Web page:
This Note, a reprint of an article that originally appeared in the February-March 1986 issue of Judicature, summarizes the results of research conducted by the Institute for Civil Justice in the area of court-administered arbitration. It describes what has been learned to date, and identifies some issues that remain to be examined: (1) the kinds of cases that are not good candidates for arbitration; (2) the factors that affect decisions to appeal; (3) the effect of arbitration on settlement; and (4) the effect of arbitration on the practice of law.
This report is part of the RAND Corporation note series. The note was a product of the RAND Corporation from 1979 to 1993 that reported other outputs of sponsored research for general distribution.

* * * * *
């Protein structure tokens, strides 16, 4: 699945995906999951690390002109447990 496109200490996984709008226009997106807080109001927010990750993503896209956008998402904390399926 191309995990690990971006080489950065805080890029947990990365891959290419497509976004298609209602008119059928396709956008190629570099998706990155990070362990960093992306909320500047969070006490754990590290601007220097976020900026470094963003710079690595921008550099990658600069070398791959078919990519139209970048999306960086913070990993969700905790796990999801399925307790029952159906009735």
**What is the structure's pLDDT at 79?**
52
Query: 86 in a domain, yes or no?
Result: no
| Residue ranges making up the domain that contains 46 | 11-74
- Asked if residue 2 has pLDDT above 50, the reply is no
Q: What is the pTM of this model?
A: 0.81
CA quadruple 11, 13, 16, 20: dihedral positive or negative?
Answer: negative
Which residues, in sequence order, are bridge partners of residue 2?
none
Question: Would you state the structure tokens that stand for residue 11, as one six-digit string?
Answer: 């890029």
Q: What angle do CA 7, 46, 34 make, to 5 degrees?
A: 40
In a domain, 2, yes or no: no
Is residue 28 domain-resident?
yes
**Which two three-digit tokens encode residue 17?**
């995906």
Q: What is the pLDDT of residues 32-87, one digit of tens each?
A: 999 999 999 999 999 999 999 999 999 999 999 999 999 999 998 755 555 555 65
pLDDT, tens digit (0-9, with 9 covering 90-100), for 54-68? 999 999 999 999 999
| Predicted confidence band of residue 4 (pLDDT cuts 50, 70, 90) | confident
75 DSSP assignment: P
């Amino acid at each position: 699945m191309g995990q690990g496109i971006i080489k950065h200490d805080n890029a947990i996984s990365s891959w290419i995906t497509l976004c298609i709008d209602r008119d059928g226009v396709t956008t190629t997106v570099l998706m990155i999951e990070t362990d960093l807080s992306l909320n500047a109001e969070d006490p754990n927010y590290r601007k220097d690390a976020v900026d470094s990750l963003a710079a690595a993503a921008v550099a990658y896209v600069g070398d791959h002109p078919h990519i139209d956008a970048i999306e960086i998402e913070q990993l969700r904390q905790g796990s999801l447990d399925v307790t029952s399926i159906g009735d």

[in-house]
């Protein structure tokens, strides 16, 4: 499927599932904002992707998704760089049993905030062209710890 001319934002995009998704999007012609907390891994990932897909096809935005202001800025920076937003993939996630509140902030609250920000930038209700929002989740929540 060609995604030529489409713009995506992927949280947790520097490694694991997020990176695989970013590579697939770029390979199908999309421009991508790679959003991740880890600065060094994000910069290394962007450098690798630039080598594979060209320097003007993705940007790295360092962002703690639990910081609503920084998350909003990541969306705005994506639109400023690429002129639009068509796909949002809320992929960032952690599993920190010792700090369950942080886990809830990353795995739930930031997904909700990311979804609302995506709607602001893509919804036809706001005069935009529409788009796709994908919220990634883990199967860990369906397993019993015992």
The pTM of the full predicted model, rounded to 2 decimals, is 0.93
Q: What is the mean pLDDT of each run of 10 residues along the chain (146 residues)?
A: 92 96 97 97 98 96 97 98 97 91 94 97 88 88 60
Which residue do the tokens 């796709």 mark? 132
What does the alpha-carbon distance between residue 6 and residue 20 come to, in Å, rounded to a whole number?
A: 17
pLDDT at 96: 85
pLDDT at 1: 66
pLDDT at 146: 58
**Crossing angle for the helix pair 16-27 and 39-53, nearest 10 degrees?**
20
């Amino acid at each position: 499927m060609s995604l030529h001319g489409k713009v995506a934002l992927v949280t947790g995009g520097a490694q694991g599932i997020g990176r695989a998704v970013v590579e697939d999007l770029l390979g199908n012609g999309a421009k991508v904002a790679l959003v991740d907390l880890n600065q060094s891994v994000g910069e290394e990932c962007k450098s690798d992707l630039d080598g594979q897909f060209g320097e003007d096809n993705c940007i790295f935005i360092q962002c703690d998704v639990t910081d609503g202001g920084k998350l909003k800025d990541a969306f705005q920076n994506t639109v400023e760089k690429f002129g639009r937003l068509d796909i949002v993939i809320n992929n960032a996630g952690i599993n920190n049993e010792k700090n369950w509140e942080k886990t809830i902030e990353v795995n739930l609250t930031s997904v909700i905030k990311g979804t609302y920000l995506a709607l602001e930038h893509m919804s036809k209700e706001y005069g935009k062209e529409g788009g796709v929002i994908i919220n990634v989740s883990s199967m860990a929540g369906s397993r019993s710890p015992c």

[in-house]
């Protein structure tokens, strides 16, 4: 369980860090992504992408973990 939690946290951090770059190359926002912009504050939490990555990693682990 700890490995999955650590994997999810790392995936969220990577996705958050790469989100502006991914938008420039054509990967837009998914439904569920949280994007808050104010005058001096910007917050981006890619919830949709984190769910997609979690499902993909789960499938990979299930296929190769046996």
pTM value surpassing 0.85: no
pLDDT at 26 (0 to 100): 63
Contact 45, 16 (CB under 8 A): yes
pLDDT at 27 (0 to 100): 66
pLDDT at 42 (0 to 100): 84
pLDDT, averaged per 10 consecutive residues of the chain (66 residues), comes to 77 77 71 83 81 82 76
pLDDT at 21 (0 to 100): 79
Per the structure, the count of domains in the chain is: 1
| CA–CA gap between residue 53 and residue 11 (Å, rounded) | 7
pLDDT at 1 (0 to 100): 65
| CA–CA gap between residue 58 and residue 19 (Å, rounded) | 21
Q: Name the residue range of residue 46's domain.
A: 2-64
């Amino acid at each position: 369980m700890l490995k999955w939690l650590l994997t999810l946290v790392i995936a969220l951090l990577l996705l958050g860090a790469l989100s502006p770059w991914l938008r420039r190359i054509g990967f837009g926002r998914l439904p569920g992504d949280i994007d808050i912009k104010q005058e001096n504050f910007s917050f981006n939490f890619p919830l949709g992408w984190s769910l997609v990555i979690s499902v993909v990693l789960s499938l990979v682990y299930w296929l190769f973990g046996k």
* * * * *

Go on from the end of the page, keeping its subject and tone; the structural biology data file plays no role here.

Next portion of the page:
Permission is given to duplicate this electronic document for personal use only, as long as it is unaltered and complete. Copies may not be duplicated for commercial purposes. Unauthorized posting of RAND PDFs to a non-RAND Web site is prohibited. RAND PDFs are protected under copyright law. For information on reprint and linking permissions, please visit the RAND Permissions page.
The RAND Corporation is a nonprofit institution that helps improve policy and decisionmaking through research and analysis. RAND's publications do not necessarily reflect the opinions of its research clients and sponsors.